Even thinking about the torment that goes through a couple's heads as their marriage disintegrates is enough to give me the chills. However, the misery that their child goes through as a result of this process causes us an even greater amount of anguish. Yes, you did read that correctly; what we are referring to is the agonising process of seeking a divorce from your husband and the subsequent fight to gain custody of your child once the divorce has been finalised (ren). The entire process of divorce is unpleasant, but determining who will have custody of the children is much more unpleasant. In spite of the fact that an amicable conclusion is theoretically possible, it is extremely unlikely given that the relationship between the two adults has already been antagonistic as a result of intractable disagreements and, in some cases, inflated egos.
This makes us think about the first thing divorced parents might wonder: who gets custody of the child after the parents split up? Each parent might want to get custody of the child for different reasons after a divorce. We could think of things like the division of parental property, financial support for the child's education, good upbringing, safety and maintenance, visitation rights, alimony, the child's comfort, the right to make decisions about the child's life, etc. They would hire the best child custody attorney to win custody and keep the other parent from getting it. But according to Indian child custody law, even after a divorce, both parents have equal rights over the child. When a child is younger than 18, "custody" just means with which parent the child will physically live. Even if one parent gets custody, that doesn't mean the other parent stops being the child's parent and loses all rights over the child. The law about child custody makes it clear that even though their marriage was cancelled, they are still the natural guardians of the child. In other words, the parent with custody takes care of the child most of the time, while the parent without custody still has the right to see the child.
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In most cases in India, the family court gives custody of the child to one parent and gives both parents access to the child. Learn how to win child custody for mothers in India. Data shows that only two fathers have been given custody of their children out of about 90 cases in a given year. So, what does this mean? Do mothers have more power in India when it comes to deciding who gets to keep a child? Even though the data show that mothers are better, this is not the case. Fathers often think that they can get custody of their children once they reach a certain age. But this is just a myth, something that many people continue to believe.
In a number of important decisions, the courts have shown that they care more about the best interests of the child and the "right of the child" than the "right of the parent" when deciding which parent gets custody after a divorce. There may be exceptions or special situations, though, that courts look at on a case-by-case basis. For example, a) if a child is younger than 5 years old, custody is usually given to the mother, b) older boys are usually given to the father and older girls are usually given to the mother, and c) courts also look at what the child who is older than 9 years old wants.
Types of Child Custody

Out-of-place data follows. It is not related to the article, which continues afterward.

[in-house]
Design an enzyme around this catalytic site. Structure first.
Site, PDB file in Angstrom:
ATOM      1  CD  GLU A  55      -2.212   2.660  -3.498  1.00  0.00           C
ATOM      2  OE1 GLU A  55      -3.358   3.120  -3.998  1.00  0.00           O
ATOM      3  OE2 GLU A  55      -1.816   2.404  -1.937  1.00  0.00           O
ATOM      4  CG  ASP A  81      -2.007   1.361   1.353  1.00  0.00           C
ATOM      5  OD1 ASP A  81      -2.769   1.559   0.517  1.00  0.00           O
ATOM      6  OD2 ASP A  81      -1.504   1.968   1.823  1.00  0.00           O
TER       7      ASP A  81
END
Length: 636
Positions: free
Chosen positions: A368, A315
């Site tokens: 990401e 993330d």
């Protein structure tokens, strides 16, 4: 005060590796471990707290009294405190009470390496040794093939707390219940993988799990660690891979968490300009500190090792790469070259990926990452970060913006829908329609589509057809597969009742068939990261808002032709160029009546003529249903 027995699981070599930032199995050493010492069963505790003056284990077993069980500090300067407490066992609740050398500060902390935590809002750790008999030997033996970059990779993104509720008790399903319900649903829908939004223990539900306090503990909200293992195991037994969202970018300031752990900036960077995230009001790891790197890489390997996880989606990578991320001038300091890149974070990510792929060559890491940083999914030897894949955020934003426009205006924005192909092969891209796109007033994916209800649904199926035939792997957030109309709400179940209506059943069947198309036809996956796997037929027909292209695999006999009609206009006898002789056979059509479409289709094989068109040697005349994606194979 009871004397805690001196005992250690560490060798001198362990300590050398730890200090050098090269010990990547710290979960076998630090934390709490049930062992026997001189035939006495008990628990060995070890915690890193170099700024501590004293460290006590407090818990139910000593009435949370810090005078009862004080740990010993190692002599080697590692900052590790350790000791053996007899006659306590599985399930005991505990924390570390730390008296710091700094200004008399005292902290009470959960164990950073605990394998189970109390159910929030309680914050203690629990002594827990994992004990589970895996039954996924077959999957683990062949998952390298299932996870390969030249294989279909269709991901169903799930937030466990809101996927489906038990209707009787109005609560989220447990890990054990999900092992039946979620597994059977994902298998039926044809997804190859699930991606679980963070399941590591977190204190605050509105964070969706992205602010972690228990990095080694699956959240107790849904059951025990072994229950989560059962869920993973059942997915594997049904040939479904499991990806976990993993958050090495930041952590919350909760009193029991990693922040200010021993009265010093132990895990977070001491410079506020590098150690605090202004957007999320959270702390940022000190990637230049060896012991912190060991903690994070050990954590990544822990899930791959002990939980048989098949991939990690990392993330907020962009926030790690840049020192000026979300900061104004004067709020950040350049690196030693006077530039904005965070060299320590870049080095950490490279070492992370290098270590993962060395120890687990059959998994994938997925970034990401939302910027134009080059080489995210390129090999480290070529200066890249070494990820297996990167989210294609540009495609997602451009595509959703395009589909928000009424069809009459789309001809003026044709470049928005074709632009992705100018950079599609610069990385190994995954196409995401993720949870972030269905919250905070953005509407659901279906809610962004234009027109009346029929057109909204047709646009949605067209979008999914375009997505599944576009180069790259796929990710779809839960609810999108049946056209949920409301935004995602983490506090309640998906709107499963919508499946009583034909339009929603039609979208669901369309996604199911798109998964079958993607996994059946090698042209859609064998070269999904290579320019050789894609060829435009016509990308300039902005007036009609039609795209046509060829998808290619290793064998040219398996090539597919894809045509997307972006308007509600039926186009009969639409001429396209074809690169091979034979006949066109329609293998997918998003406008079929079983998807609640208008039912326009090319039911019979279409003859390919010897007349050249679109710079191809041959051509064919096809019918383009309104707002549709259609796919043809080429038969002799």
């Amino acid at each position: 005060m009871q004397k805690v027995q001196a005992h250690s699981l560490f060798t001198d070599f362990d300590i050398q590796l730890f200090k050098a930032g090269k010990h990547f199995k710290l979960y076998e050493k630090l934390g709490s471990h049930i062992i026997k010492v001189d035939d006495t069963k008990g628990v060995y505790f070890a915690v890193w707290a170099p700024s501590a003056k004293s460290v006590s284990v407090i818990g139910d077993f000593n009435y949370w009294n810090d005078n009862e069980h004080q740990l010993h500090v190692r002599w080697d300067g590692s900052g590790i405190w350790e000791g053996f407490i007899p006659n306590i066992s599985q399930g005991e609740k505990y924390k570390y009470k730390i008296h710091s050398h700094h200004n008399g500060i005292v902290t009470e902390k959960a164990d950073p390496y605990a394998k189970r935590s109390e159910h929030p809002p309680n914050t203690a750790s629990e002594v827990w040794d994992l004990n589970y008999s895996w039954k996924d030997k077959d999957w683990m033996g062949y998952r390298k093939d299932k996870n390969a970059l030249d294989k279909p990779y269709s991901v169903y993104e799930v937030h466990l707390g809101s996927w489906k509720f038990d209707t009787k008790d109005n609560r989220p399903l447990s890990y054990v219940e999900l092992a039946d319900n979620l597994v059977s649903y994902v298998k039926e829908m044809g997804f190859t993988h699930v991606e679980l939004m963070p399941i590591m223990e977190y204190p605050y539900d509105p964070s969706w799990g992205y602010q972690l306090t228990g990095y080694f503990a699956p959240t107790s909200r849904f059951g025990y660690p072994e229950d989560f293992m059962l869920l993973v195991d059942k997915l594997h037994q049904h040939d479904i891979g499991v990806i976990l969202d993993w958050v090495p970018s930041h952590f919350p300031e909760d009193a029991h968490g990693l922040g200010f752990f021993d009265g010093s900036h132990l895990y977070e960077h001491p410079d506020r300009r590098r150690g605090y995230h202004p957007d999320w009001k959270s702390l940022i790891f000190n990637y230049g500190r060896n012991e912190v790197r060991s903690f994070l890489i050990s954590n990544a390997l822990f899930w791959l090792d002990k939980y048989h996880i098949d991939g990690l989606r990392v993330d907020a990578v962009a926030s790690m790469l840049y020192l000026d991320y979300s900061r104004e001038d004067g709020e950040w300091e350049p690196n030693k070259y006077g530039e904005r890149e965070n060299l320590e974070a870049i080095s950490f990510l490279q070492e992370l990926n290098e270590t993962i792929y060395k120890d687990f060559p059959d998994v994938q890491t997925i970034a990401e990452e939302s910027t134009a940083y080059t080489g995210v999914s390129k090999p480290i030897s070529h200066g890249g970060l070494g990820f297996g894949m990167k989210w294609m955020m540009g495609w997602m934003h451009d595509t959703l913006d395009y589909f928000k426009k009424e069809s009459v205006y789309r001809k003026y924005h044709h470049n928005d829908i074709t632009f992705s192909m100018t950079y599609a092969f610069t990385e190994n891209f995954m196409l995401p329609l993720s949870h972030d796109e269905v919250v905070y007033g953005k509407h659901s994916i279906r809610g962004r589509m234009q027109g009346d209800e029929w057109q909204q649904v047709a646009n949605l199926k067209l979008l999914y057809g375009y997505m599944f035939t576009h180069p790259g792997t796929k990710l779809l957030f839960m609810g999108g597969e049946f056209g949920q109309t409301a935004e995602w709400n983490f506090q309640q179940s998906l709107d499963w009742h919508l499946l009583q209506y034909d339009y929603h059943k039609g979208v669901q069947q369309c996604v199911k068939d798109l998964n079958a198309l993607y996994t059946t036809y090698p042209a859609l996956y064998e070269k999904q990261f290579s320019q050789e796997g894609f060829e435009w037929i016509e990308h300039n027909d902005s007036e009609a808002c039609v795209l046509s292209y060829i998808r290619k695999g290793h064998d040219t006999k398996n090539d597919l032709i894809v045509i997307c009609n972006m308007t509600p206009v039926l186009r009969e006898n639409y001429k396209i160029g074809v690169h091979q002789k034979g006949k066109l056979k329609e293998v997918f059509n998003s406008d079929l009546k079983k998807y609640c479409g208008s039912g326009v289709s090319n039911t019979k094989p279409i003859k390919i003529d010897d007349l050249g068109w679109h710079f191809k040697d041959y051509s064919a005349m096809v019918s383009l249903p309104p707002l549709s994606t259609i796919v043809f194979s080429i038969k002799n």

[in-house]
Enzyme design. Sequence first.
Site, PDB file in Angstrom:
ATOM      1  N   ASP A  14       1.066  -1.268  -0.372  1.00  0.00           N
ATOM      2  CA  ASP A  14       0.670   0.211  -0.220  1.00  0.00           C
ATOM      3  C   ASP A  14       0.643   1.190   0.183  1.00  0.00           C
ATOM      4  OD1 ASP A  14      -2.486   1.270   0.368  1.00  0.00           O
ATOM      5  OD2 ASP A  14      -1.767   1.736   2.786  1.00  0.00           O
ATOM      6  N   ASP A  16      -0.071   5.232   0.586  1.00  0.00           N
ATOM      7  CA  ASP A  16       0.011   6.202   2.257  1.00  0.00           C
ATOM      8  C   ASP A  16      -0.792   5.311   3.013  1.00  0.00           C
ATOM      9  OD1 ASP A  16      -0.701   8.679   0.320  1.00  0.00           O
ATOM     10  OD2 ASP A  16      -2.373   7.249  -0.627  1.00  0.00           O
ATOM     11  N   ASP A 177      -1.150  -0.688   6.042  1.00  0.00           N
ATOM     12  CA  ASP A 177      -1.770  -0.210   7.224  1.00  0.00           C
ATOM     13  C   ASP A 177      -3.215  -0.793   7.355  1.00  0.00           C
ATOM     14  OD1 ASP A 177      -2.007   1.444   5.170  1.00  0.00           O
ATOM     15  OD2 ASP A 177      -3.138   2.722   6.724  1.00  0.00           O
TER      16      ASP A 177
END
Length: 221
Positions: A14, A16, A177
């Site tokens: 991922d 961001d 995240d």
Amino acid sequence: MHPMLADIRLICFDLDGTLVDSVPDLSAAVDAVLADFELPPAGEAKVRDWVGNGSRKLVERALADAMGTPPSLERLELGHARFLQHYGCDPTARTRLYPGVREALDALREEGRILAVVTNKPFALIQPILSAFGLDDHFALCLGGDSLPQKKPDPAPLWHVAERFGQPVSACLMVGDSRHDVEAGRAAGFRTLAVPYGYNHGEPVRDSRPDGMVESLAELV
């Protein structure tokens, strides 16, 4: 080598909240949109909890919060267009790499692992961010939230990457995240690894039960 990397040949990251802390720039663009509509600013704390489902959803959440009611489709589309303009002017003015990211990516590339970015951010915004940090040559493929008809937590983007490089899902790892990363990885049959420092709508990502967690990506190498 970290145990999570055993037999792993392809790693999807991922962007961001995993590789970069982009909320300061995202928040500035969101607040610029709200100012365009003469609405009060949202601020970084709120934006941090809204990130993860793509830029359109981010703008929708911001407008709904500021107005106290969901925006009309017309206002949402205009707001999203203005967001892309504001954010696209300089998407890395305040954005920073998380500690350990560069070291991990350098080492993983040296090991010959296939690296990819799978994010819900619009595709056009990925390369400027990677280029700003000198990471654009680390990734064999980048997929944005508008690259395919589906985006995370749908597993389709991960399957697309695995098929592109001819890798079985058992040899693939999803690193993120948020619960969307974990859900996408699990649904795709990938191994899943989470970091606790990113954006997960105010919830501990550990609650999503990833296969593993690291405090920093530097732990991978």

It brings us to a point where it becomes imperative to throw light on the types of child custody in divorce. It can be one of the following kinds:
- Physical Custody – where the child is handed over to the custodial parent for living and the other parent is allowed to visit, meet and interact with the child at regular intervals.
- Joint Custody – where child lives with both parents on rotational basis and duration of child’s stay may vary from several days to weeks to months based on mutual agreement between the separated parents.
- Sole Custody – where the child is handed over entirely to one parent in case the court finds the other parent to be abusive, unstable, offensive or incapable of upbringing the child.
- Third Party Custody – where a guardian or third person gets the custody of the child from court instead of the biological parents. This is also often termed as non-parental custody.
Those who read this Article also Consulted a Lawyer about Child Custody process in India.
Child Custody Laws In India
We must also know a little bit about the laws that apply. In India, the Guardian and Wards Act 1890 has provisions related to child custody after divorce. At the same time, India is a big country with many different religions, and there are laws to deal with divorce and who gets to keep the kids. The Indian Constitution has laws that depend on what religion we belong to. These laws are:
- Custody under Hindu Law – which has provisions under the Hindu Marriage Act 1955 (section 26), the Special Marriage Act 1954 (section 38) and the Hindu Minority and Guardianship Act 1956.
- Custody under Muslim Law – which allows only the mother to seek custody of her child(ren) under the Right of Hizanat.
- Custody under Christian Law – which allows for child custody under the Divorce Act 1869 (section 41) only after separation decree is granted.
- Custody under Parsi Law – which allows for child custody under the Guardian and Wards Act 1890 and gives high importance to welfare of the child.
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Already, it's a nightmare for parents who have to go through a separation. Problems are made worse by the fact that it is hard for them to get custody of child (ren). No one would want to lose this battle. Imagine that you are looking for information about how decisions are made and orders are made when it comes to child custody after a divorce. The best way is to contact a child custody lawyer who not only can guide you in the process but sail you through with bare minimum stress.